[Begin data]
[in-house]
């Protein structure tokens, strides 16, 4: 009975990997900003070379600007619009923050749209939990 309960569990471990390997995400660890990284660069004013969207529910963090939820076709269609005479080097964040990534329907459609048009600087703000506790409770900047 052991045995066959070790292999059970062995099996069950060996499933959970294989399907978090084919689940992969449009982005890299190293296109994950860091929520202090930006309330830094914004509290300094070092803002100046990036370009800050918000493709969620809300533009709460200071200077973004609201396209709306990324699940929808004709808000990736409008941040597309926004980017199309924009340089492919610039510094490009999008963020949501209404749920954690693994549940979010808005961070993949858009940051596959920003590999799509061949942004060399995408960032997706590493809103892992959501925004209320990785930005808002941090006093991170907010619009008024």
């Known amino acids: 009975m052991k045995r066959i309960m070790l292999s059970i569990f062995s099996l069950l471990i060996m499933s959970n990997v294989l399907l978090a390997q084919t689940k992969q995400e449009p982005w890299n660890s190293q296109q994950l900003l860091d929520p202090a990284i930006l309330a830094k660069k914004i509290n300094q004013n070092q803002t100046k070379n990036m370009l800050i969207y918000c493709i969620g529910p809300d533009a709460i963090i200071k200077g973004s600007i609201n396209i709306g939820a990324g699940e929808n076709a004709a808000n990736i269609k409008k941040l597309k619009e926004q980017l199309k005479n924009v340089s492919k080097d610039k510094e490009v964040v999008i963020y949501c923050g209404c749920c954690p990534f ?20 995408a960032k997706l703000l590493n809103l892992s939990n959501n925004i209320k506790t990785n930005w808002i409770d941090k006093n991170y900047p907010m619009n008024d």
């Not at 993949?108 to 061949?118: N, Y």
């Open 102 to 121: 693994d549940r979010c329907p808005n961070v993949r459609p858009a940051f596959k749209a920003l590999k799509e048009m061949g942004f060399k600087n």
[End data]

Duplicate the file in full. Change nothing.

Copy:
[in-house]
């Protein structure tokens, strides 16, 4: 009975990997900003070379600007619009923050749209939990 309960569990471990390997995400660890990284660069004013969207529910963090939820076709269609005479080097964040990534329907459609048009600087703000506790409770900047 052991045995066959070790292999059970062995099996069950060996499933959970294989399907978090084919689940992969449009982005890299190293296109994950860091929520202090930006309330830094914004509290300094070092803002100046990036370009800050918000493709969620809300533009709460200071200077973004609201396209709306990324699940929808004709808000990736409008941040597309926004980017199309924009340089492919610039510094490009999008963020949501209404749920954690693994549940979010808005961070993949858009940051596959920003590999799509061949942004060399995408960032997706590493809103892992959501925004209320990785930005808002941090006093991170907010619009008024």
């Known amino acids: 009975m052991k045995r066959i309960m070790l292999s059970i569990f062995s099996l069950l471990i060996m499933s959970n990997v294989l399907l978090a390997q084919t689940k992969q995400e449009p982005w890299n660890s190293q296109q994950l900003l860091d929520p202090a990284i930006l309330a830094k660069k914004i509290n300094q004013n070092q803002t100046k070379n990036m370009l800050i969207y918000c493709i969620g529910p809300d533009a709460i963090i200071k200077g973004s600007i609201n396209i709306g939820a990324g699940e929808n076709a004709a808000n990736i269609k409008k941040l597309k619009e926004q980017l199309k005479n924009v340089s492919k080097d610039k510094e490009v964040v999008i963020y949501c923050g209404c749920c954690p990534f ?20 995408a960032k997706l703000l590493n809103l892992s939990n959501n925004i209320k506790t990785n930005w808002i409770d941090k006093n991170y900047p907010m619009n008024d």
């Not at 993949?108 to 061949?118: N, Y």
């Open 102 to 121: 693994d549940r979010c329907p808005n961070v993949r459609p858009a940051f596959k749209a920003l590999k799509e048009m061949g942004f060399k600087n």